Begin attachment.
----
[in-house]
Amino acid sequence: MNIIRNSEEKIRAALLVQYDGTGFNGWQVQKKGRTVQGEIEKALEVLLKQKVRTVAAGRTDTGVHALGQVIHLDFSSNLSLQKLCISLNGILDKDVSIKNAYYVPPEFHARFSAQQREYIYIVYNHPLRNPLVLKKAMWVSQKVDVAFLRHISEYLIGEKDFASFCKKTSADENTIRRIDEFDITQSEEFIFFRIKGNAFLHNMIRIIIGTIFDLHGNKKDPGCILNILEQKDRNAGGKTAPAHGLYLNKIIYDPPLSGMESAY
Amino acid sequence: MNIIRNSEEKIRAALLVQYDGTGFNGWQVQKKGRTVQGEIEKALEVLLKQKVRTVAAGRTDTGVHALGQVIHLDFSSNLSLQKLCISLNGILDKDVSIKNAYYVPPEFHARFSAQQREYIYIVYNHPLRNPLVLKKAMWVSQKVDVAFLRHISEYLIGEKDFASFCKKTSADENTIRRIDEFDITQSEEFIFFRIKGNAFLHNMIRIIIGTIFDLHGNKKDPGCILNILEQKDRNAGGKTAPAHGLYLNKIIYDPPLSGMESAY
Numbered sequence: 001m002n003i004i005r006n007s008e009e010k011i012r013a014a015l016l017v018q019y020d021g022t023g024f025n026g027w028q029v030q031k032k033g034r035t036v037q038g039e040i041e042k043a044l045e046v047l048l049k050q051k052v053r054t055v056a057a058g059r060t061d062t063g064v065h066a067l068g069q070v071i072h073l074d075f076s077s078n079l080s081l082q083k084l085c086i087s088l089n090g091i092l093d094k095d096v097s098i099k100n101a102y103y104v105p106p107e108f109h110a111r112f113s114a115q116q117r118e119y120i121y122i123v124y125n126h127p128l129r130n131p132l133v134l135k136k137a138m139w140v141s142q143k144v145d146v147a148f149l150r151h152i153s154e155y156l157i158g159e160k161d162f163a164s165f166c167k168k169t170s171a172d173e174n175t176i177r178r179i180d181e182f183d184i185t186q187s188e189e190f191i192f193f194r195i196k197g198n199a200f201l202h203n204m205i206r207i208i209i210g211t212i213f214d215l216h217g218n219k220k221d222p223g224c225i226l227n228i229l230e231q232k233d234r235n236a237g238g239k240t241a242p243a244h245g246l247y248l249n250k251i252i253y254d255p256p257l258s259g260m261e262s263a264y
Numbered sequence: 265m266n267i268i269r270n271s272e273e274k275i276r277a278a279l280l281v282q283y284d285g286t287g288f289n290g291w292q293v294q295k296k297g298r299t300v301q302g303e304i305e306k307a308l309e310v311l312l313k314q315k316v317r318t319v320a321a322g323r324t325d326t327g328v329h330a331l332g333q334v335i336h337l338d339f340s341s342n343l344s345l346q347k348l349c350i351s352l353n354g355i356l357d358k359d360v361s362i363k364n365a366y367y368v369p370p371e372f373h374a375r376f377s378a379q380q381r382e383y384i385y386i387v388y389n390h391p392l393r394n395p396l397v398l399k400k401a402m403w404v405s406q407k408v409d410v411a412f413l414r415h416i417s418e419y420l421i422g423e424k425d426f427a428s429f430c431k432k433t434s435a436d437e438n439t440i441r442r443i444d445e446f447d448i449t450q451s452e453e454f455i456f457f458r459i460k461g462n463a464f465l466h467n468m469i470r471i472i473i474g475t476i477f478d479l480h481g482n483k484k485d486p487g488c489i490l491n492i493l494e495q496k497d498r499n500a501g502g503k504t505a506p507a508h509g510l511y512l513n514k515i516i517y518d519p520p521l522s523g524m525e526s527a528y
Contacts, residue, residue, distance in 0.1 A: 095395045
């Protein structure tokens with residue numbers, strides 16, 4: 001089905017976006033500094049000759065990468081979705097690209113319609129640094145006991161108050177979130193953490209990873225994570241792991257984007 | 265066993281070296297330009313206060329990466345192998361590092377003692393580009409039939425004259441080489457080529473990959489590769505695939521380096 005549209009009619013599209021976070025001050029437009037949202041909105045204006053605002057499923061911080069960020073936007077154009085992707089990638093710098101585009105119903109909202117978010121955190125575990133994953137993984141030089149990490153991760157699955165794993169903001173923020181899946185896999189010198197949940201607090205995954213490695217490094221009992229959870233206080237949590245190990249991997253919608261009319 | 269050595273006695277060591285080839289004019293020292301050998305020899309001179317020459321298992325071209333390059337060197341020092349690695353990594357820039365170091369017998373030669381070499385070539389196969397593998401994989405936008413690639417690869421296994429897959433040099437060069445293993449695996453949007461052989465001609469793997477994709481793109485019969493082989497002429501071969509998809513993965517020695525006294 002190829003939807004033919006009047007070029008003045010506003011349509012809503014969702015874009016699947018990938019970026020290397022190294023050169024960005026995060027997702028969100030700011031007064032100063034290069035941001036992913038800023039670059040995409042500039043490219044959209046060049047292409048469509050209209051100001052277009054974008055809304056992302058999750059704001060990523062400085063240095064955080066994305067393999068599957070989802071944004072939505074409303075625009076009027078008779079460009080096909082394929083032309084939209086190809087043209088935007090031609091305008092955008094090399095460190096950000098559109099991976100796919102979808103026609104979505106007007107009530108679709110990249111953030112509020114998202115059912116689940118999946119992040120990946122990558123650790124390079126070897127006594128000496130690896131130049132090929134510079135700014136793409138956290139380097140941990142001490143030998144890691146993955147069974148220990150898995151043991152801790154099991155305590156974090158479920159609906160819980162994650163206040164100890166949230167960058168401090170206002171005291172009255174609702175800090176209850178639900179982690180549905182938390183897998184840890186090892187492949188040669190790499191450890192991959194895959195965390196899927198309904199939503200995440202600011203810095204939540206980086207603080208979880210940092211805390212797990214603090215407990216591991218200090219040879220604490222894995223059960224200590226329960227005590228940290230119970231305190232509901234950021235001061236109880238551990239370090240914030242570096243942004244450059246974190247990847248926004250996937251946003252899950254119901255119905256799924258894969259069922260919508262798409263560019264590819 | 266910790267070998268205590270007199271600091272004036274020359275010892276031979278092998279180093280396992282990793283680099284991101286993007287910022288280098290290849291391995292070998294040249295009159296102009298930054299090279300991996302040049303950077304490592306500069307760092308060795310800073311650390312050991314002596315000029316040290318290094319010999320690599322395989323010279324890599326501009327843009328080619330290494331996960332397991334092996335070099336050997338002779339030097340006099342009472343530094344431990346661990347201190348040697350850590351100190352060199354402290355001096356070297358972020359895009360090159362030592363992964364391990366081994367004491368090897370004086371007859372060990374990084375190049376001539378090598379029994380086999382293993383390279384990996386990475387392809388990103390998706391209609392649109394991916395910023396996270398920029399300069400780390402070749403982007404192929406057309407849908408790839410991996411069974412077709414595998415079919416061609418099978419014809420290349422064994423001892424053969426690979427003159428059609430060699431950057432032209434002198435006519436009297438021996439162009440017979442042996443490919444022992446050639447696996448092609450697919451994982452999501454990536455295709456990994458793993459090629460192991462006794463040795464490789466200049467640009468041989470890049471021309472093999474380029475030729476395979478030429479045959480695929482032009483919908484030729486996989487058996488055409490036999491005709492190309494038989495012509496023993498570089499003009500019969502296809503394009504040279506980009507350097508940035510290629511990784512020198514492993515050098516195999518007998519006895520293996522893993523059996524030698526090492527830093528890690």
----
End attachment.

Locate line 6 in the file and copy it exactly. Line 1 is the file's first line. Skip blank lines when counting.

Contacts, residue, residue, distance in 0.1 A: 095395045